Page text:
Despite Trump threatening Iran on Twitter last week that it was "on notice," and calls by Khamenei and President Hassan Rouhani to rally, a social media movement to tone down the protests appeared to have had some impact in cosmopolitan Tehran. In addition, very few placards handed out by official state organizers mentioned Trump or had anti-American slogans.

Iranians used the hashtag #LoveBeyondFlags to urge an end to the U.S. flag-burning typically seen at the annual anniversary rally.

During the rally in Tehran, some people carried placards in support of the U.S. and thanked ordinary Americans for opposing Trump’s executive order banning entry to the United States to travelers from seven mainly Muslim countries, including Iran.

 

Image: Iranians mark the 38th anniversary of the 1979 Islamic revolution in Tehran, Friday.


Iranians mark the 38th anniversary of the 1979 Islamic revolution in Tehran, Friday. Abedin Taherkenareh / EPA
*In the smapnish language a *mula is a jack ass or donkey.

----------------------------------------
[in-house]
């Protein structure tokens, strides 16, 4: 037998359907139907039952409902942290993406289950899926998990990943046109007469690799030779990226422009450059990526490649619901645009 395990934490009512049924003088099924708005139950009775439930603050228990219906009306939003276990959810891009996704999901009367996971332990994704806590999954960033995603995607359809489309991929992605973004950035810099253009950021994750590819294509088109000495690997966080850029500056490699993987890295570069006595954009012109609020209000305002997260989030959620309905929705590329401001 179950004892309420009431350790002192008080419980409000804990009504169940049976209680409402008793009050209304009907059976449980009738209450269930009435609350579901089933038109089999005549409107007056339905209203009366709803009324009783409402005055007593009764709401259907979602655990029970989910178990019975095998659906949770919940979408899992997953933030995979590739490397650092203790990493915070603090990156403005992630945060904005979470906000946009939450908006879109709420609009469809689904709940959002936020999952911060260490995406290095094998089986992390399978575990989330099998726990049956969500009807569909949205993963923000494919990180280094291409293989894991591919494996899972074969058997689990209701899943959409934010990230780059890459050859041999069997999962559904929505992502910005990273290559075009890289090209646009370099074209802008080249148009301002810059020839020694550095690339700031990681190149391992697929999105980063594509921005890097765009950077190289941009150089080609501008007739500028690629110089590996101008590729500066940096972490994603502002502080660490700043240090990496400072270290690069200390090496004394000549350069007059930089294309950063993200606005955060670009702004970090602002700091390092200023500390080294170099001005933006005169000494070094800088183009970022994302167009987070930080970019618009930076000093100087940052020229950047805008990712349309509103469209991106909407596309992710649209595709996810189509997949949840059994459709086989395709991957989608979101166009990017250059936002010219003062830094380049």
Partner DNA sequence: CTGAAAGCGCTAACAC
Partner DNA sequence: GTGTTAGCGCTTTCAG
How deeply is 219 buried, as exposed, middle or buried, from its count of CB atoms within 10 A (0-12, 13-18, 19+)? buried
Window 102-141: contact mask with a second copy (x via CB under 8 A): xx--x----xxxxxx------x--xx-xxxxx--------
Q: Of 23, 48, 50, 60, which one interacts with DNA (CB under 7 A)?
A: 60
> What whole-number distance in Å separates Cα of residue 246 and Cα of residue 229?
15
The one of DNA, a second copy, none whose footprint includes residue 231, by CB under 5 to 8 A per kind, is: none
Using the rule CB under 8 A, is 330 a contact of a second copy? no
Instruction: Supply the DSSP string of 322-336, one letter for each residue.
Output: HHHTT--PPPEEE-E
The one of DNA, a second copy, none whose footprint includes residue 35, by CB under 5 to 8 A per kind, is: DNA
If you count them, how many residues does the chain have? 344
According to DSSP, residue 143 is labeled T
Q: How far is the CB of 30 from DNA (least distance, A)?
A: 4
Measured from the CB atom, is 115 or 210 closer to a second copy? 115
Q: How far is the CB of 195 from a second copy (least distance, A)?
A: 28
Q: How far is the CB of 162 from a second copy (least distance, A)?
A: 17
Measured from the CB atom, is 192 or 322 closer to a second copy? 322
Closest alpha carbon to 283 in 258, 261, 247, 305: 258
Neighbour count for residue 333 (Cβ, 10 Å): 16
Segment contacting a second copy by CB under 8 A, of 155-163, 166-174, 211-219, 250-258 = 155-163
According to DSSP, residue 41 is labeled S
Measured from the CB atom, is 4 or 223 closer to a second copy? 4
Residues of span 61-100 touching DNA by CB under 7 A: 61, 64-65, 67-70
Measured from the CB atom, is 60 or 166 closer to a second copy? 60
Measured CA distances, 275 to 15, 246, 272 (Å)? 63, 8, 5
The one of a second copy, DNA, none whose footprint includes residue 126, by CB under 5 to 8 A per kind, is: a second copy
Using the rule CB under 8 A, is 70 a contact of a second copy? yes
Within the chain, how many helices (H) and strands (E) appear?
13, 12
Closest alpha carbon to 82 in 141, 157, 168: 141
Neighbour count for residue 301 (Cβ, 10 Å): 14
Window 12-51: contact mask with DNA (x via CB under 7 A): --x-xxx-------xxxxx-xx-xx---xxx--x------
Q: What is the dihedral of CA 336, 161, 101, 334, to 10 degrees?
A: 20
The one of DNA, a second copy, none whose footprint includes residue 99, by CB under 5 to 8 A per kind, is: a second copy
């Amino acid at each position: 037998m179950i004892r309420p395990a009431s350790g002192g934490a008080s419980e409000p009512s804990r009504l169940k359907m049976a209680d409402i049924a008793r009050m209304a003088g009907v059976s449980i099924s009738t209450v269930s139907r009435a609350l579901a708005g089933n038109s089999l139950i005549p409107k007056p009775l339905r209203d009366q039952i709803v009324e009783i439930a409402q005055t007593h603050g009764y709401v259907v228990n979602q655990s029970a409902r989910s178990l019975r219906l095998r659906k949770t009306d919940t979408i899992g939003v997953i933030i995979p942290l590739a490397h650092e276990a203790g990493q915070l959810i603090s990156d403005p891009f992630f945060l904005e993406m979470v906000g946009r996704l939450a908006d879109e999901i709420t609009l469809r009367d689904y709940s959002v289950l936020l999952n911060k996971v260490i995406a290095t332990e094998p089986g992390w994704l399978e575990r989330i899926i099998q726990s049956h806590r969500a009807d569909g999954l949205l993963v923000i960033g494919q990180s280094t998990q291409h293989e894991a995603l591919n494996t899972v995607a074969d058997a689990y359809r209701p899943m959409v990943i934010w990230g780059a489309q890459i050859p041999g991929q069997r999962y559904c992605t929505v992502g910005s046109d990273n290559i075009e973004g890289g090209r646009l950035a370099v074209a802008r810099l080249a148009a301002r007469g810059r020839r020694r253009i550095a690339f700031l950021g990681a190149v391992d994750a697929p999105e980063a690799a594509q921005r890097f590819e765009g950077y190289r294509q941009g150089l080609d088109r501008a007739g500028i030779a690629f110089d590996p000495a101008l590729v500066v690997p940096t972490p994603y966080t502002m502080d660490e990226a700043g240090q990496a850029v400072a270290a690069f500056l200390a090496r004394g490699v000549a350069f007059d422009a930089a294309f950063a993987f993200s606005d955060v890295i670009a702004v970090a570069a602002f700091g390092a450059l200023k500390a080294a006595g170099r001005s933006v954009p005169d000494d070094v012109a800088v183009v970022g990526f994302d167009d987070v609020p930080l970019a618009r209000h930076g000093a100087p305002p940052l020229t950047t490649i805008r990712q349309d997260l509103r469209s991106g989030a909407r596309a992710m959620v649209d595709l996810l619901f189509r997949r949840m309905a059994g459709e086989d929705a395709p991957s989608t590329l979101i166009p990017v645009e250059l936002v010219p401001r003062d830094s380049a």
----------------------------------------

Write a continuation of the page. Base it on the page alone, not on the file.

October 5, 2016

International Observers Getting Ready to Watch US Elections Closely







Amid charges from Donald Trump that the U.S. presidential election could be "rigged" and concerns of rights activists that black voters may face undue obstacles, the head of an international observer team pledged a full review ranging from voting machines to racial bias as it began work on Tuesday.
The team from the 57-nation Organization for Security and Cooperation in Europe (OSCE) that will monitor the Nov. 8 presidential and Congressional elections is set to be the biggest the organization has sent to the United States, tasked with checking the vote meets international standards.